"It's the only place I can find any yield whatsoever with a reasonable risk," said Lee Hevner, an individual investor who said he started buying junk bonds this year for the first time.Those will be famous last words. That poor sot allowed his ignorant, greedy investment advisor talk him into putting 15% of $500k stash in junk bonds. Hope he can afford to lose most of it.
Once again, courtesy of the Fed's zero interest rate policy (ZIRP) and the Government's catastrophic fiscal policies, the yield-starved individual investor has been flooding the high yield market with money in a desperate search for investment yields that have any shot at keeping up with the true cost of living.
Investors of all stripes have been diving into junk. Many of them are searching for investments that yield more than the meager rates offered by Treasuries and investment-grade corporate bonds. They are flooding into high-yield mutual funds and exchange-traded funds, market data show.That quote is from this article from today's Wall St. Journal titled, "Junk Bonds Feed A Hungry Market." Here's the LINK. This desperate quest for more investment income has triggered a big wave of money flows in high yield bond funds and ETF's, which in turn has led to a huge issuance of new high yield bond deals.
Take it from a 9-year sell-side institutional junk bond market trader, the 7% average yield paid on junk bonds is not even close to being enough compensation for the enormous amount of credit risk embedded in the typical junk bond-issuing company. Moreover, a lot of these deals are done in order to "dividend" money out of the company and into the pocket of the "sponsoring" private equity/leverage buyout firm which owns the company. It's a way for the sponsor fund (like KKR or Bain Capital) to cash out on a big portion of the up-front equity capital used to engineer the buyout. Trust me, it's not a good deal for junk bond investors.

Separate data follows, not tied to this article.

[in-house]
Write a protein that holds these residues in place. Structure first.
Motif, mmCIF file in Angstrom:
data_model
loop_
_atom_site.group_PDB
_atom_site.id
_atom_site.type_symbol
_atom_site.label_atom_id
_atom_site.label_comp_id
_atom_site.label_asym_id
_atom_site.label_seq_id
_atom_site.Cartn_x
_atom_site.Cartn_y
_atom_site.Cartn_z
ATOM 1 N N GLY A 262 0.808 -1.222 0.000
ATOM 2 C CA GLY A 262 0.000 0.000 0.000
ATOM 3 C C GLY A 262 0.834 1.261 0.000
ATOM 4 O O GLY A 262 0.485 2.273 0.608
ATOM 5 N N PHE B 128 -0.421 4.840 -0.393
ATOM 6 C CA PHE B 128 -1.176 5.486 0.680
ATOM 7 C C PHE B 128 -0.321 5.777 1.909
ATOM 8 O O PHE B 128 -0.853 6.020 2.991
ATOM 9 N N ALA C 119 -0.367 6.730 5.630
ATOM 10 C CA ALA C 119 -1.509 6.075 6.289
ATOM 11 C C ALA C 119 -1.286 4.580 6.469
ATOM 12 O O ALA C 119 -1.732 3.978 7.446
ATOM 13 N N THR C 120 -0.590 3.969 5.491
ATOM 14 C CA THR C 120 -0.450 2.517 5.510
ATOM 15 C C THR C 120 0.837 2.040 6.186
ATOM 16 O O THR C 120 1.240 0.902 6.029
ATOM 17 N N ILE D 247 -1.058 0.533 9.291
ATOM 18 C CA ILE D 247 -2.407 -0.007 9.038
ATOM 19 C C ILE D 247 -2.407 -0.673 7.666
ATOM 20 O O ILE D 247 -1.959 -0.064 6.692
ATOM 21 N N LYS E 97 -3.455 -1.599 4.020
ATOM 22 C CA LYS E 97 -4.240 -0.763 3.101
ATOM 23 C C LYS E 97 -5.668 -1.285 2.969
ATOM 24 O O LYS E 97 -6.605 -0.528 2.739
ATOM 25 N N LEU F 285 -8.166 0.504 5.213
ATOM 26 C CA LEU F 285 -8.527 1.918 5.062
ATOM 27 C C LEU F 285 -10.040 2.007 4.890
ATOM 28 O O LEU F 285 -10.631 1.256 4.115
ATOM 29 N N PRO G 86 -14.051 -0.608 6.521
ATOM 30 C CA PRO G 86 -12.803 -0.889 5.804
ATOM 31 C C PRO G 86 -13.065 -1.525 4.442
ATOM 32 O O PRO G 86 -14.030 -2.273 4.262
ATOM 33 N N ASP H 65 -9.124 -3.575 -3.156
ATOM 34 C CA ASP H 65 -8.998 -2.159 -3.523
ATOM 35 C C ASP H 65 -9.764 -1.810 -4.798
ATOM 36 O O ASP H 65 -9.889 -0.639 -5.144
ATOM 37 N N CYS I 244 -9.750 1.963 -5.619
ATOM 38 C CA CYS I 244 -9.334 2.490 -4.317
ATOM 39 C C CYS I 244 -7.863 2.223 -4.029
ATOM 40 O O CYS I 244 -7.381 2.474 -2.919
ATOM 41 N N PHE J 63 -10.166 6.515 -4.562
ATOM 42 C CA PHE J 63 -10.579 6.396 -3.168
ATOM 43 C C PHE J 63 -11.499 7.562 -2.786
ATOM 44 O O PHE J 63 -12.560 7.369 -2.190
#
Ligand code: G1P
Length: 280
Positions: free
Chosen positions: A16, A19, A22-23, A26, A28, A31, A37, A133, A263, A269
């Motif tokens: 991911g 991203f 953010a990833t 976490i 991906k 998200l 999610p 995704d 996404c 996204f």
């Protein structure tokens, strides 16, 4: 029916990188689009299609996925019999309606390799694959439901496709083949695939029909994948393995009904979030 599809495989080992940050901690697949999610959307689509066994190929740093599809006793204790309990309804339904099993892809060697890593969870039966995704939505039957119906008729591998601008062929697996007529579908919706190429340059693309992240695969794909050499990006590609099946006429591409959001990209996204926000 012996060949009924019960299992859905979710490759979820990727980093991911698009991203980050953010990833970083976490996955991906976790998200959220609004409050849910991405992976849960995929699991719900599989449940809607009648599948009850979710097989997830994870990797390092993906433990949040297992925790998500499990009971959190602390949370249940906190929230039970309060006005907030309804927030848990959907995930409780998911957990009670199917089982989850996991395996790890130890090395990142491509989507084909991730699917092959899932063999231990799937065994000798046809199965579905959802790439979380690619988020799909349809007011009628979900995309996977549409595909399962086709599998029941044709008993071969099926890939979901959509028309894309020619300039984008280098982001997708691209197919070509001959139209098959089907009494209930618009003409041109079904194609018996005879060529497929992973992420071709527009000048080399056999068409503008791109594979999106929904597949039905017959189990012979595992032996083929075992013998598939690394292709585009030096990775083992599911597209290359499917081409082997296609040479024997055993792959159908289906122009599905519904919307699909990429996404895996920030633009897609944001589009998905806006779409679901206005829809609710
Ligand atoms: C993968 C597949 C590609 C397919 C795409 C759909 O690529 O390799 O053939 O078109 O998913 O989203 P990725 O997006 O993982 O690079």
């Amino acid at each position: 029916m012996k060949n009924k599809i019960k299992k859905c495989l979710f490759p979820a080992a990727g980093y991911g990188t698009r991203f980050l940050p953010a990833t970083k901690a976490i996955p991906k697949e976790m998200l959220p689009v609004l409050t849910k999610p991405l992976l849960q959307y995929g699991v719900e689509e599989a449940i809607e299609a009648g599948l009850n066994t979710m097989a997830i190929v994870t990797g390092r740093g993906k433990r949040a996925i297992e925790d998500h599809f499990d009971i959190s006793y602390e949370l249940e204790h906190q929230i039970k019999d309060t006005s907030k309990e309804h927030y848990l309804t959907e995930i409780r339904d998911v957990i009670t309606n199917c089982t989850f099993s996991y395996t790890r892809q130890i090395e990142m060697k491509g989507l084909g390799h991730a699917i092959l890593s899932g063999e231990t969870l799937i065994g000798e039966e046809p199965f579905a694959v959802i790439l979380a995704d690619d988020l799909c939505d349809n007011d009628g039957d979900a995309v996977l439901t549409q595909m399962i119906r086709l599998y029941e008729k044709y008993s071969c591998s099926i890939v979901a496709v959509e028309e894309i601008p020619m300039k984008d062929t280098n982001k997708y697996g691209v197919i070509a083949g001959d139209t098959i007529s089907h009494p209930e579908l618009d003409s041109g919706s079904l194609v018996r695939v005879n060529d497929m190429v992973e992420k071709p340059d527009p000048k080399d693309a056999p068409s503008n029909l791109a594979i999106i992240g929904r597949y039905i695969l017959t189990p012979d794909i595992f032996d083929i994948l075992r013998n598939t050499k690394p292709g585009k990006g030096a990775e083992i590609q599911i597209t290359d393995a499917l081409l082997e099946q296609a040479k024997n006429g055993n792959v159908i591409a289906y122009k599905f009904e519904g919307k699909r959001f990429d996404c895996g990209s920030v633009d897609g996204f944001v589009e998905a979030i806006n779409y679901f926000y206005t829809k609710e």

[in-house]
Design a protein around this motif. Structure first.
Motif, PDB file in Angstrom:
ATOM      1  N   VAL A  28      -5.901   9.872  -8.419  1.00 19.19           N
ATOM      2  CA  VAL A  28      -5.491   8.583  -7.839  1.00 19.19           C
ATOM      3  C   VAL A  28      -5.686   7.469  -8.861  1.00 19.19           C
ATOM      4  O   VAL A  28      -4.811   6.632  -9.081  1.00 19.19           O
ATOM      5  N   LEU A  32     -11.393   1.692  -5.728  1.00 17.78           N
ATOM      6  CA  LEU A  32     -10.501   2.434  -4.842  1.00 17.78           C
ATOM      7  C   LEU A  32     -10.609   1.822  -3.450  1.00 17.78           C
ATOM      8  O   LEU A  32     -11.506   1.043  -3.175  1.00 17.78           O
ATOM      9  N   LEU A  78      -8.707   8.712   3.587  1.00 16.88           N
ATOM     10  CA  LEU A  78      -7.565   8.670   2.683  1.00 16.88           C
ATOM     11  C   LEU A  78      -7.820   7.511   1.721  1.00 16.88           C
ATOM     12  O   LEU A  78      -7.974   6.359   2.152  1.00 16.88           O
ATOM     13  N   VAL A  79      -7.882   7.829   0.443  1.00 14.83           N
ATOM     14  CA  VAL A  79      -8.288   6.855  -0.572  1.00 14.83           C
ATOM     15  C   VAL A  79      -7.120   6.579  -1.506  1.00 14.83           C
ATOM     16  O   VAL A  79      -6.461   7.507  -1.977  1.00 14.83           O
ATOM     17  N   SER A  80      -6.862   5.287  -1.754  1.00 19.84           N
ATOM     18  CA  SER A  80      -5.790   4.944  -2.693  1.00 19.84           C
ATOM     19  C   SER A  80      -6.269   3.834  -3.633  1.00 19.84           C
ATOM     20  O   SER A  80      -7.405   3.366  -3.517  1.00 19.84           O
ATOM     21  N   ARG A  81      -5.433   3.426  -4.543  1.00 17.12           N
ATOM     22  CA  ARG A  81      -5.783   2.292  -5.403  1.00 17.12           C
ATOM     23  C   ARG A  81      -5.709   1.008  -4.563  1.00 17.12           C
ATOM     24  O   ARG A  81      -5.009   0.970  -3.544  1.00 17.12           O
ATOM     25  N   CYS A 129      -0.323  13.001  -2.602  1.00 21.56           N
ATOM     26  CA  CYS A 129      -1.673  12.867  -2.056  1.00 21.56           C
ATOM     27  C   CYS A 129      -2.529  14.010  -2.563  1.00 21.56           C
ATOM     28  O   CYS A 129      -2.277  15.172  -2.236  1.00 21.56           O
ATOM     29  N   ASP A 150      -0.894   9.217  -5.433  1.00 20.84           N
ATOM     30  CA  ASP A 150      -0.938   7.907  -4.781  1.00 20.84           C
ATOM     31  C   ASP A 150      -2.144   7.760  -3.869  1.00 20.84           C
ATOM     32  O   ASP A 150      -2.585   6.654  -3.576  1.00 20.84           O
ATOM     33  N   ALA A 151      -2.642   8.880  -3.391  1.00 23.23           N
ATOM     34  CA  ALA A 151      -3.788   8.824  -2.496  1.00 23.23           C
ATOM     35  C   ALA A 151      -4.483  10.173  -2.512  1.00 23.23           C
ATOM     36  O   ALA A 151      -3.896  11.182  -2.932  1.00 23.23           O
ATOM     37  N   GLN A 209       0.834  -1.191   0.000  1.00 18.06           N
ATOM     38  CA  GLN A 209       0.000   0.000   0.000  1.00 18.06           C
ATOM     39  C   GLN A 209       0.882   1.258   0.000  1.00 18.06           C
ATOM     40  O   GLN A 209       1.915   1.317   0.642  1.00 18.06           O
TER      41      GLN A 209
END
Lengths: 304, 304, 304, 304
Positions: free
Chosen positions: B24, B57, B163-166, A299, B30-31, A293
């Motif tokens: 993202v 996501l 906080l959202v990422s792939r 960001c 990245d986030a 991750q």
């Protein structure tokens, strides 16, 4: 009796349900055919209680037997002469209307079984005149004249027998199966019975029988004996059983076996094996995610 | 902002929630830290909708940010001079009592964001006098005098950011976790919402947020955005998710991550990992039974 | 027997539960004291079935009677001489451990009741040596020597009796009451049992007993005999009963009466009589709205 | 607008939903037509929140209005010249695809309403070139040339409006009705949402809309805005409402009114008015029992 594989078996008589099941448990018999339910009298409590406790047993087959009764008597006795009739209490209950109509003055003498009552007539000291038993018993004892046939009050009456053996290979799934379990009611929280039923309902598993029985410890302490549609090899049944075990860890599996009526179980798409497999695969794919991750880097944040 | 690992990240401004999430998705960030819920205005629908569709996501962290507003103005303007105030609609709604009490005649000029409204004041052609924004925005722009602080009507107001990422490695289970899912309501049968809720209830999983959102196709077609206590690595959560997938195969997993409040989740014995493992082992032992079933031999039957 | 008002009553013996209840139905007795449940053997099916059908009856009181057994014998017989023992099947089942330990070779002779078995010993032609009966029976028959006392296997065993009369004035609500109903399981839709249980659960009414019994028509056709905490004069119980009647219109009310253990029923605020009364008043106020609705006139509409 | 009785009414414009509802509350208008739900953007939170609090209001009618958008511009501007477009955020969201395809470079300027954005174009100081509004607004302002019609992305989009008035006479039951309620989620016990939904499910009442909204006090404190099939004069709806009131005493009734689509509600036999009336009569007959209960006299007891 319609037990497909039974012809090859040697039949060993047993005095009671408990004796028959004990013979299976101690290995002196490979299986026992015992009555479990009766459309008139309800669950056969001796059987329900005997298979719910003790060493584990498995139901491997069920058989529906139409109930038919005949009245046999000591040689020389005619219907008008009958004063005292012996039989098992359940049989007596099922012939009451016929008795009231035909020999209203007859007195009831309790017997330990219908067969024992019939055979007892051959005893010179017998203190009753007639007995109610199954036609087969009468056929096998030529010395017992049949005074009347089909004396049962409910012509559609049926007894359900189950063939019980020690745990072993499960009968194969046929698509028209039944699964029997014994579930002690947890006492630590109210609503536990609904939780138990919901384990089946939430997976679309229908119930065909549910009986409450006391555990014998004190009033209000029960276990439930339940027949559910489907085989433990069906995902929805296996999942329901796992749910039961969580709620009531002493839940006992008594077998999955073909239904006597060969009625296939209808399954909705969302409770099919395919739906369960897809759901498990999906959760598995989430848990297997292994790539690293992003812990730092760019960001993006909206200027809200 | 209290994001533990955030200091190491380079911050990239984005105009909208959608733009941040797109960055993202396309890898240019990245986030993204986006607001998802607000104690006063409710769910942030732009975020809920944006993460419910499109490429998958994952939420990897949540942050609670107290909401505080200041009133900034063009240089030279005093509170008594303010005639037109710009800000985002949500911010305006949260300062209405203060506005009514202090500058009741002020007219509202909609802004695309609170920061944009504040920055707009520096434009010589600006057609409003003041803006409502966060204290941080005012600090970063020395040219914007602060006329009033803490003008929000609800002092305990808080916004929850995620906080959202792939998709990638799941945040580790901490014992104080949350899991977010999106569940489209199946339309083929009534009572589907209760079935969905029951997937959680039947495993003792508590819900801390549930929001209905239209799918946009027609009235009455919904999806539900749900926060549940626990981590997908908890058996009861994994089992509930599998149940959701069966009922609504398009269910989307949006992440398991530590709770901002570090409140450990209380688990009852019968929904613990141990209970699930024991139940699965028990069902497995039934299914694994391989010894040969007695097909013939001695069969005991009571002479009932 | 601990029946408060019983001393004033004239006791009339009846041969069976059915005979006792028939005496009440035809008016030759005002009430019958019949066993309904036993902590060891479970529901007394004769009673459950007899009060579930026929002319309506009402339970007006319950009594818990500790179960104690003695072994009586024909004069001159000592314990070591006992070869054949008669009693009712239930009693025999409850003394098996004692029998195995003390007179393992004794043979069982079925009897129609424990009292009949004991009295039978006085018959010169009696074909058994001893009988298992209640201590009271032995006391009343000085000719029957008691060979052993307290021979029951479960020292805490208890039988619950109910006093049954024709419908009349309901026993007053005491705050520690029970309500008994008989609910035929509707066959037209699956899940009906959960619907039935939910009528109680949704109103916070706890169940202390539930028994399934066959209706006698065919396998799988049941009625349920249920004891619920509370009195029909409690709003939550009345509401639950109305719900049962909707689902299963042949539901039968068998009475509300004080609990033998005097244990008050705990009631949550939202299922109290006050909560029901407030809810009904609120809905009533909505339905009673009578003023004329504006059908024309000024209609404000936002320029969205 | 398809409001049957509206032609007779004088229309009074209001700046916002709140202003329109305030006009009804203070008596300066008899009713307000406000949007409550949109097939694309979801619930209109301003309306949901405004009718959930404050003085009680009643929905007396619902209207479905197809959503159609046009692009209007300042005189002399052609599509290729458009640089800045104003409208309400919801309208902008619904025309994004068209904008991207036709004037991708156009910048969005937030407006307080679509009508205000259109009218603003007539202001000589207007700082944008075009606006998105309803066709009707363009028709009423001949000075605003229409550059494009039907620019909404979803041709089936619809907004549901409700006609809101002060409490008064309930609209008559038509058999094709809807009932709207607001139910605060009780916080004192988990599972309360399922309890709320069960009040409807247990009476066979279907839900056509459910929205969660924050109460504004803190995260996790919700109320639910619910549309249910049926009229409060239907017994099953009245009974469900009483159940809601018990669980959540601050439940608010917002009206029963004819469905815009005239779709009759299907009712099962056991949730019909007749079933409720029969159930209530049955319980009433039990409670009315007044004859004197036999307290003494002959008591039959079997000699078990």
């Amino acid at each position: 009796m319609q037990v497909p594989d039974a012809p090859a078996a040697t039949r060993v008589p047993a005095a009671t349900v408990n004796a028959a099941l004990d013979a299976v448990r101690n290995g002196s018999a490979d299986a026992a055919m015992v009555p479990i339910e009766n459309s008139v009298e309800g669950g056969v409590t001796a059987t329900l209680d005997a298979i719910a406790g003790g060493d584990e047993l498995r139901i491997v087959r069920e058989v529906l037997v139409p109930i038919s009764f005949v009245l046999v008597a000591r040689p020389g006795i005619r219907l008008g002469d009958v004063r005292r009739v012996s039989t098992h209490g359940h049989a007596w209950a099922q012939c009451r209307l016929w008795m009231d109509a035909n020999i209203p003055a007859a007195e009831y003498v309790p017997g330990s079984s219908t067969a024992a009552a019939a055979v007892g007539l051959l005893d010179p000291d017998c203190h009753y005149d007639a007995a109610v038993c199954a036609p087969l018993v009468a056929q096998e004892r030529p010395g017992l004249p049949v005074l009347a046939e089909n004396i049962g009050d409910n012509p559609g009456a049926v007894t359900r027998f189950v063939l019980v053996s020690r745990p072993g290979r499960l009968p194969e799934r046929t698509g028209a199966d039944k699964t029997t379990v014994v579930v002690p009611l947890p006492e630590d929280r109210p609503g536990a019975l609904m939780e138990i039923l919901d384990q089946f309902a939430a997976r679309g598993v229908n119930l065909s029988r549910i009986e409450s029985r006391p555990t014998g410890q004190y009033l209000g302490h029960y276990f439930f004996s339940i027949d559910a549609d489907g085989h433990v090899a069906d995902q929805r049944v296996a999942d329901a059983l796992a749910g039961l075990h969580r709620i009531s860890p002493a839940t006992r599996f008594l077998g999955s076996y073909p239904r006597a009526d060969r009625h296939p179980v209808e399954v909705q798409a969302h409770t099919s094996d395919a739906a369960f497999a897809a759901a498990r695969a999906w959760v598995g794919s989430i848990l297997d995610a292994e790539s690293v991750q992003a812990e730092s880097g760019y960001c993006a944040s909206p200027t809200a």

In addition, the big Wall Street firms who underwrite and sell these deals take out enormous fees. And the junk bond mutual fund money managers and pension fund managers get paid a lot money of "manage" this money. On a risk/return basis, high yield bonds are a terrible risk for the individual investor, even to the extent that the individual's money is being put in a "diversified" fund of junk bonds.
And think about this: for how much longer does anyone really believe that the Fed can engineer historically record low interest rates? We know the economy is falling off of a cliff again. So even if the recent default history in the high yield market has decreased, as the economy tanks many of these companies will run into a brick wall. A spiking default rate combined with rapidly rising interest rates -this will happen as more money flees the dollar and a much higher yield is required to induce investors to buy the ever-increasing rate of U.S. Treasury debt issuance - will cause high yield bond prices to plummet. If you have a 20% decline in the value of your high yield mutual fund, this will annihilate the 7% yield it currently throws off.
In other words, the individual investor - forced into blindly grasping for current investment income - is being set up once again by the financial elitists and corrupt bankers to get slaughtered. It's really just another mechanism for those on Wall Street to confiscate middle class wealth.
It brings to mind the famous Will Rogers quote about being more concerned with the return OF his money than the return ON his money. Those who understand the necessity of moving fiat currency based investments into physical gold and silver do not have to be concerned about either.
Have a great weekend! Hope springs eternal as baseball season starts next week and every fan out there - including me - has renewed hope that their team will reach the World Series....